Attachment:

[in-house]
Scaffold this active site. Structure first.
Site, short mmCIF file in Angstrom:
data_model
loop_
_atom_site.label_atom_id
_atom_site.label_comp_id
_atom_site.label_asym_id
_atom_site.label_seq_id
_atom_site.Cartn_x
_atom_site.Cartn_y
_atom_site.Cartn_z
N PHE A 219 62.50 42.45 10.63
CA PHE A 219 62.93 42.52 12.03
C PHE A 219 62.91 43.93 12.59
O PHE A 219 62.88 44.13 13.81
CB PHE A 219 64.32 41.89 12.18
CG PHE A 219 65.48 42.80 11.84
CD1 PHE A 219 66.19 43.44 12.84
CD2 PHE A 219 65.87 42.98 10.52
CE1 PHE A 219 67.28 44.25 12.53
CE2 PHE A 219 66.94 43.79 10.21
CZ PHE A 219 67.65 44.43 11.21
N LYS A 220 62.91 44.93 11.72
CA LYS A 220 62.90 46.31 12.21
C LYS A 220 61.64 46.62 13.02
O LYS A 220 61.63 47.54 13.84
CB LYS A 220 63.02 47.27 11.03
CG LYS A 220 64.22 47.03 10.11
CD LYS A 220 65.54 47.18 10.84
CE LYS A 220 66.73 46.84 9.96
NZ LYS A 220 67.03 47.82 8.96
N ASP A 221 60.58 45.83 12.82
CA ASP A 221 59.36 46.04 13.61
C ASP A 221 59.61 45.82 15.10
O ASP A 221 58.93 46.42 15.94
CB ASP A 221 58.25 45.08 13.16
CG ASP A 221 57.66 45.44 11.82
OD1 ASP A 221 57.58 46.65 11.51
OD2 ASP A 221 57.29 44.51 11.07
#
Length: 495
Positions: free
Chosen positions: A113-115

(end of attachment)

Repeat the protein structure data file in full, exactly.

[in-house]
Scaffold this active site. Structure first.
Site, short mmCIF file in Angstrom:
data_model
loop_
_atom_site.label_atom_id
_atom_site.label_comp_id
_atom_site.label_asym_id
_atom_site.label_seq_id
_atom_site.Cartn_x
_atom_site.Cartn_y
_atom_site.Cartn_z
N PHE A 219 62.50 42.45 10.63
CA PHE A 219 62.93 42.52 12.03
C PHE A 219 62.91 43.93 12.59
O PHE A 219 62.88 44.13 13.81
CB PHE A 219 64.32 41.89 12.18
CG PHE A 219 65.48 42.80 11.84
CD1 PHE A 219 66.19 43.44 12.84
CD2 PHE A 219 65.87 42.98 10.52
CE1 PHE A 219 67.28 44.25 12.53
CE2 PHE A 219 66.94 43.79 10.21
CZ PHE A 219 67.65 44.43 11.21
N LYS A 220 62.91 44.93 11.72
CA LYS A 220 62.90 46.31 12.21
C LYS A 220 61.64 46.62 13.02
O LYS A 220 61.63 47.54 13.84
CB LYS A 220 63.02 47.27 11.03
CG LYS A 220 64.22 47.03 10.11
CD LYS A 220 65.54 47.18 10.84
CE LYS A 220 66.73 46.84 9.96
NZ LYS A 220 67.03 47.82 8.96
N ASP A 221 60.58 45.83 12.82
CA ASP A 221 59.36 46.04 13.61
C ASP A 221 59.61 45.82 15.10
O ASP A 221 58.93 46.42 15.94
CB ASP A 221 58.25 45.08 13.16
CG ASP A 221 57.66 45.44 11.82
OD1 ASP A 221 57.58 46.65 11.51
OD2 ASP A 221 57.29 44.51 11.07
#
Length: 495
Positions: free
Chosen positions: A113-115